Juggling to Stardom
Juggling would be young Fields first real passion in the entertainment industry. When the traveling shows and circuses passed through Philadelphia, it was the jugglers that caught his eye.
Fields didn't want to be just a juggler, he wanted to be a comic juggler who mixed in humorous sketches. He dressed like a tramp on stage and rarely talked during his routine. He swiped fruit and vegetables from his father's inventory and practiced relentlessly, observing famous jugglers like Cinquevalli who could juggle eight objects at a time and eventually Fields got opportunities to juggle in traveling vaudeville and burlesque shows across the country and Europe. He quickly gained the reputation as being one of the best jugglers of his day.
From juggling, Fields became a star in the Broadway musical comedy "Poppy" (1923), in which he played a colorful small-time con man. He subsequently branched out to Hollywood to make quite a few iconic comedies. He played Harold Bissonette (pronounced Biss-o-nay), a grocer beset with aggravation in "It's a Gift," and the Great McGonigle, the dishonest head of a traveling theatrical company in "The Old Fashioned Way," along with many other short films.
When asked if he was religious, Fields replied "I study the bible for loopholes."
Any Dog That Drinks With Me Can't Drink Wine
Leo Rosten, then Time Magazine writer, once said about Fields, "Any man who hates dogs and babies can't be all that bad."
According to a blogger who goes by the name of Trailfez, Fields' dislike for babies and dogs was all a put-on. He was, by all accounts, kind and friendly to young Freddie Bartholomew when the two made “David Copperfield” in 1935.
He didn't despise canines, either. In a United Press story from 1945, the bulbous-nosed W. C. Fields offered a congenial home to Pepe, the dog drunk who got the blind staggers on muscatel.
“I’m a martini man, pure and simple,” drawled Fields who used quart jars for cocktail glasses. “And any dog that drinks with me can’t drink wine.”
Fields said he read about Pepe in the newspapers after police picked him up as a confirmed wino who was using alcoholic barks to tip off his human friends that the cops were approaching.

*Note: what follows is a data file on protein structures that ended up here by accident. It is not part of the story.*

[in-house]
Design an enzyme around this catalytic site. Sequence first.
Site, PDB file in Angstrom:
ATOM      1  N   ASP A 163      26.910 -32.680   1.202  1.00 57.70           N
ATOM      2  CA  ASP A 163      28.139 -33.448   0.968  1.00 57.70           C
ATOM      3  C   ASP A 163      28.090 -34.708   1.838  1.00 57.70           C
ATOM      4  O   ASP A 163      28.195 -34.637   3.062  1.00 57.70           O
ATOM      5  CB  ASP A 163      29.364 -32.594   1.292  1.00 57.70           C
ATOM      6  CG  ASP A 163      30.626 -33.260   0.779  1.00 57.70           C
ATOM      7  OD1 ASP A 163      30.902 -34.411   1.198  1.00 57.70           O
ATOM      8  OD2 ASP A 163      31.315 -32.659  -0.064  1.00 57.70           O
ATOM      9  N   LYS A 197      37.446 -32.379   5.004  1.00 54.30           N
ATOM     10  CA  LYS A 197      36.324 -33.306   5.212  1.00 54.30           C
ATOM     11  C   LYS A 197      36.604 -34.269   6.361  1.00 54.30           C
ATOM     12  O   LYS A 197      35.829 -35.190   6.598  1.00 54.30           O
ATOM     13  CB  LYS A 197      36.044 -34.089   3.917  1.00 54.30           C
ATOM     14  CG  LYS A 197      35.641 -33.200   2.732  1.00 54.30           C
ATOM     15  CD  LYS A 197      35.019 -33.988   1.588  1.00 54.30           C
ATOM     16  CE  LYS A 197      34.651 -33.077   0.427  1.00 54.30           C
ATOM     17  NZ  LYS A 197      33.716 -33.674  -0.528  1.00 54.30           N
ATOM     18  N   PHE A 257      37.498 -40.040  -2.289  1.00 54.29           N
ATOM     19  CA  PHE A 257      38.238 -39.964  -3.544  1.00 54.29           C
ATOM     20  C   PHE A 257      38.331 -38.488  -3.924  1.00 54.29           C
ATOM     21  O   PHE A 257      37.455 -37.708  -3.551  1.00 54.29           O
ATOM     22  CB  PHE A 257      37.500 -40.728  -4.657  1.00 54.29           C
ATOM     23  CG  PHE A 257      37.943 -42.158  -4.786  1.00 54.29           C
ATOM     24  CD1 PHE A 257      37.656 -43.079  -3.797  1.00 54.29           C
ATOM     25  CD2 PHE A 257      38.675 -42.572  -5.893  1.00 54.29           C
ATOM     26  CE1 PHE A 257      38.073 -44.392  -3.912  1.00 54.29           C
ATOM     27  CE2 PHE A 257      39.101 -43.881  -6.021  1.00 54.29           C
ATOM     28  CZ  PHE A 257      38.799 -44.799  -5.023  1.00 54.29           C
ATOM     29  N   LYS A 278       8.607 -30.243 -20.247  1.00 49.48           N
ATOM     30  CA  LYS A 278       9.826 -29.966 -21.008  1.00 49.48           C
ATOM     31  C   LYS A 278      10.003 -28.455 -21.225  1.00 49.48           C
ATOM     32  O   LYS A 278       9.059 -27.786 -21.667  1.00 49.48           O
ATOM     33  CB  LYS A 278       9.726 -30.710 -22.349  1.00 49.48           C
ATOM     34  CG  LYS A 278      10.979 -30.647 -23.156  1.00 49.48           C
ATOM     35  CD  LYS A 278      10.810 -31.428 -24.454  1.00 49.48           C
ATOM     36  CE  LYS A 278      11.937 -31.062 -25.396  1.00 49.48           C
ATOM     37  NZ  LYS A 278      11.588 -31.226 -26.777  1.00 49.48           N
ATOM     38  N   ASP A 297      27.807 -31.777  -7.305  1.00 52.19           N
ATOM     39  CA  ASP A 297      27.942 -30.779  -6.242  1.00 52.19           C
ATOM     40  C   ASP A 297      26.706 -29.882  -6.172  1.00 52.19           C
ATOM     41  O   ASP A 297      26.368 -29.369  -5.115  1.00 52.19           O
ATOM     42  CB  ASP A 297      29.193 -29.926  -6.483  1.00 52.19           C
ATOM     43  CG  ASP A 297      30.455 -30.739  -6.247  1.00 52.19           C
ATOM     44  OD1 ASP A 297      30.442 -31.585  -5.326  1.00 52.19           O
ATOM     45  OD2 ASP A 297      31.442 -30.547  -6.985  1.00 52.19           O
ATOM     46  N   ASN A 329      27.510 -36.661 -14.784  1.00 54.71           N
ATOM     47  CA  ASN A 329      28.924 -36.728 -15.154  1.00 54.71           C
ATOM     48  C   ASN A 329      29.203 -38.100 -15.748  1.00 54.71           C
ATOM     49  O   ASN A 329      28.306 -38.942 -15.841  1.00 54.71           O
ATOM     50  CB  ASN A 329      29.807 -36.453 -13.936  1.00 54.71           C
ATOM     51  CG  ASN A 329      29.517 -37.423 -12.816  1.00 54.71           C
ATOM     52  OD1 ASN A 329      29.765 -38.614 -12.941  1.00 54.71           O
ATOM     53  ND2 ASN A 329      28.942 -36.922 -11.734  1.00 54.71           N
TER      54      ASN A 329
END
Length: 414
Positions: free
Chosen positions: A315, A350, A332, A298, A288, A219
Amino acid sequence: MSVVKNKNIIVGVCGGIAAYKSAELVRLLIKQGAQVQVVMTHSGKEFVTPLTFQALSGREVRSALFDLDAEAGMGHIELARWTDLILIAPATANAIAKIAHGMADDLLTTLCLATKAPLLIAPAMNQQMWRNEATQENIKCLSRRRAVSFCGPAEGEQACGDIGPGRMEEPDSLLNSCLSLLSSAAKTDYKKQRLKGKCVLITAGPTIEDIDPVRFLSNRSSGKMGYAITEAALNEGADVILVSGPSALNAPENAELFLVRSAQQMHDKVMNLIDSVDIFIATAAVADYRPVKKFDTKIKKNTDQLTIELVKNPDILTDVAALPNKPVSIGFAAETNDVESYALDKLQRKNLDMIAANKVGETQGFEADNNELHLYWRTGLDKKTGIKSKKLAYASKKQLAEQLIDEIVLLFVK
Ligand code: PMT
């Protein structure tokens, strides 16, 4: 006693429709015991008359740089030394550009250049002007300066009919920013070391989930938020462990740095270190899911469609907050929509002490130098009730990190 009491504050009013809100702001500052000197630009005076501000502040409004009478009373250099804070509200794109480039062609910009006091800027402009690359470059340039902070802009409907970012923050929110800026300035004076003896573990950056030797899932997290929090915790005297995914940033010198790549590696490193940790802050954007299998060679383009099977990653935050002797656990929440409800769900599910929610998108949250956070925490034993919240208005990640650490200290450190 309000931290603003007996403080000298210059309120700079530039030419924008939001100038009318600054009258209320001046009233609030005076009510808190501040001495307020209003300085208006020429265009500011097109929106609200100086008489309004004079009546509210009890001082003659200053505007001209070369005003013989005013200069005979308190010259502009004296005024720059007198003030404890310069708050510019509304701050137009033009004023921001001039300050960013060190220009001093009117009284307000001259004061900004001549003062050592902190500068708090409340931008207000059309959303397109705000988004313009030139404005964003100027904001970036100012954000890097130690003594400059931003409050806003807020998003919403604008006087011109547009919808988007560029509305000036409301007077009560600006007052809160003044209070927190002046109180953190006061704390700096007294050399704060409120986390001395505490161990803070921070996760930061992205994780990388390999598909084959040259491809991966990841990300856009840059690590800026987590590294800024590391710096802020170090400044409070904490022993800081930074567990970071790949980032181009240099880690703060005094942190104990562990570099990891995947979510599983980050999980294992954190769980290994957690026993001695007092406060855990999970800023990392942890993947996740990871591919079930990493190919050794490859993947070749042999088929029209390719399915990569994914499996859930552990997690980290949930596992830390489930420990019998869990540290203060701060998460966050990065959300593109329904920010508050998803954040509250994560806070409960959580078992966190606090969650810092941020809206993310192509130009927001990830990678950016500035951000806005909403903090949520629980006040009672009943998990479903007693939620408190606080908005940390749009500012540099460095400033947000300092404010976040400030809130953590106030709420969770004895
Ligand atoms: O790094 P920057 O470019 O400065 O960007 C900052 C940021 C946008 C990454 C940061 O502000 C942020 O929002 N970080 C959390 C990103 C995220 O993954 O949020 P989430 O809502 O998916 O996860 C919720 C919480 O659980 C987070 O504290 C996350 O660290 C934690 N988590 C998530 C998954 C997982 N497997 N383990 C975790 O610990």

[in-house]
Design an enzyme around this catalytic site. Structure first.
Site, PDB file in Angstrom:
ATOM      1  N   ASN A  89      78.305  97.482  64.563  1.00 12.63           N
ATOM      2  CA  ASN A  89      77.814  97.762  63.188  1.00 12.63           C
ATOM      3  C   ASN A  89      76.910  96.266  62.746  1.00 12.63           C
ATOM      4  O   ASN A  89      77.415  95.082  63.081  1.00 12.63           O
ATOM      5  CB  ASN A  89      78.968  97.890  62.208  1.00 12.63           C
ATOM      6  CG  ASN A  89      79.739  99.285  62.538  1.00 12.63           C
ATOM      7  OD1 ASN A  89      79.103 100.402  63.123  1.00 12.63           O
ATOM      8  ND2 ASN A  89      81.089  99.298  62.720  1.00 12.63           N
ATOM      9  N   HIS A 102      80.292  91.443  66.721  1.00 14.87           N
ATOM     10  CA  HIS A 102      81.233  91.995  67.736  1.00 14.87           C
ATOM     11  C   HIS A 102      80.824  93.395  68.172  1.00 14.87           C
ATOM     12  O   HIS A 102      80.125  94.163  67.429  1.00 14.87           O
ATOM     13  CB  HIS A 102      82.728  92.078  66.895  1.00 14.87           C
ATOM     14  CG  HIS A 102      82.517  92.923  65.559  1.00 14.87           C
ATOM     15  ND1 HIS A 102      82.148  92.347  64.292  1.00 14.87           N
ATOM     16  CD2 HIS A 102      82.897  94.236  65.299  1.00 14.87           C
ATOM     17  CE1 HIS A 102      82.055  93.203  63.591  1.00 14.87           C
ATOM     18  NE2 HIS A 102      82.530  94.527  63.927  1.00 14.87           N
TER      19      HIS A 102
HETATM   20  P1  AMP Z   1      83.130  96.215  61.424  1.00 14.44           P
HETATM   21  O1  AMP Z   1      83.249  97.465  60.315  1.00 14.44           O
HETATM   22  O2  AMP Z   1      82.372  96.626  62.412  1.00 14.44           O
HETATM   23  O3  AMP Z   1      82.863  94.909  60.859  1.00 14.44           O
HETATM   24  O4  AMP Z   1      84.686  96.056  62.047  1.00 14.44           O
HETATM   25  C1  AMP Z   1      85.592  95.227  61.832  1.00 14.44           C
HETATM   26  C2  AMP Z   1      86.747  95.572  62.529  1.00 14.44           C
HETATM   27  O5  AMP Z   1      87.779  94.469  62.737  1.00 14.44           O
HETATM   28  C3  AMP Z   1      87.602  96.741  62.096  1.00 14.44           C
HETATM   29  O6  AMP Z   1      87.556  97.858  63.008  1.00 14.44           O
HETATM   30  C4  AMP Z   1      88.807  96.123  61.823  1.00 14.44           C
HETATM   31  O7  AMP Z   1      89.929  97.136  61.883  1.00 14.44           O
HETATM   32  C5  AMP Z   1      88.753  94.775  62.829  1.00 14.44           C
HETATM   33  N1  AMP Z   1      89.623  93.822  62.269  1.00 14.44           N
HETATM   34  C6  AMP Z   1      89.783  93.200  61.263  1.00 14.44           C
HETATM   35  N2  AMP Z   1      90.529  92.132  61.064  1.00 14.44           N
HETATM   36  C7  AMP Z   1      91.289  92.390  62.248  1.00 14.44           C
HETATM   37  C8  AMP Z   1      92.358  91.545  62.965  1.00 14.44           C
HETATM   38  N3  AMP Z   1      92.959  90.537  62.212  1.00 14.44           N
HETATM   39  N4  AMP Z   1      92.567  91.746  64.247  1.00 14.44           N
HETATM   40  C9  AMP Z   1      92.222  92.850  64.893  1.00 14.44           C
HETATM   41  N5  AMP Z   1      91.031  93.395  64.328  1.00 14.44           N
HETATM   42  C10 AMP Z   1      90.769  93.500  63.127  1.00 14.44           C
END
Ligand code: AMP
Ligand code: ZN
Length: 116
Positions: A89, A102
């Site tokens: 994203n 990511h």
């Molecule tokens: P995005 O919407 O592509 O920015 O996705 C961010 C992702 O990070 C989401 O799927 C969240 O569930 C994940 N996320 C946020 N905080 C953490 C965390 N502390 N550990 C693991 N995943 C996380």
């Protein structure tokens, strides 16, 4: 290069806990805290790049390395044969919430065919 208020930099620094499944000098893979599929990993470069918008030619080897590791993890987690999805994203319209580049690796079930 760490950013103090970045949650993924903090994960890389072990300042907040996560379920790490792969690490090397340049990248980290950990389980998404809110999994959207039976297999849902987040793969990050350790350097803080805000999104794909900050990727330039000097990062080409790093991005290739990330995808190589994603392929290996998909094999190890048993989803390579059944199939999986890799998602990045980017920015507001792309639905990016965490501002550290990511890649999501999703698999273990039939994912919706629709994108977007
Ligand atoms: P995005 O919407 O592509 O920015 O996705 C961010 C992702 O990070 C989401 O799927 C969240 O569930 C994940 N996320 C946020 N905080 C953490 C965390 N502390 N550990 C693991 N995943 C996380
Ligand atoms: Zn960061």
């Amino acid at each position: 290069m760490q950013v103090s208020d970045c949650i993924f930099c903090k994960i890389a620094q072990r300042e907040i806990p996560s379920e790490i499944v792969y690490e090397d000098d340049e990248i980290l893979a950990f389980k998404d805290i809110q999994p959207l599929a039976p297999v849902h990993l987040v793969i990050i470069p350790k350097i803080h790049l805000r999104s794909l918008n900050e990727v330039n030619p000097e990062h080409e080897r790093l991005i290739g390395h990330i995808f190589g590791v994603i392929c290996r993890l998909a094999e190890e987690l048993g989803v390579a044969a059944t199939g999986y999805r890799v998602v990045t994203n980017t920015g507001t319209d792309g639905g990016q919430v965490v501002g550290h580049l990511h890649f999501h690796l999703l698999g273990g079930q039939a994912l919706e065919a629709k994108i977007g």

Why My Interest in W.C. Fields?
We both grew up on the city streets of Philadelphia. We had dysfunctional, alcoholic families and a father in the produce business (my dad was not critical or alcoholic but my uncle and grandfather were). We both felt that Philadelphia was way too provincial for our tastes and eventually settled in Southern California. We stuttered as children and often were teased by bullies, but we overcame our speech defects and we turned out to become productive adults.
While we both loved humor, I only wish that I was as motivated, hard-working, and possessed his enormous talent in the comedy field. Then again, I wouldn't want to pay the price for stardom like Fields unfortunately did, dying young and alcoholic. I prefer growing old in Southern California and enjoying its sunshine and beaches without a hangover.
5 Interesting Facts About W.C Fields
- He had 700 hundred bank accounts across the United states, opening up accounts everywhere he went. Some of which have not yet been discovered by his heirs.
- Fields loved his grandmother and would often stay with her when he'd have run-ins with his father.
- He first wife, Hattie, starred with him in Vaudeville and Burlesque shows as his assistant.
- He despised Christmas and, ironically, that was the day he died.
- Fields was a very good pool hustler as a teenager.
What negative characteristic did you like best about W.C. Fields?
My Five Favorite W.C. Fields Quotes
"Here lies W. C. Fields. I would rather be living in Philadelphia." His proposed but unused epitaph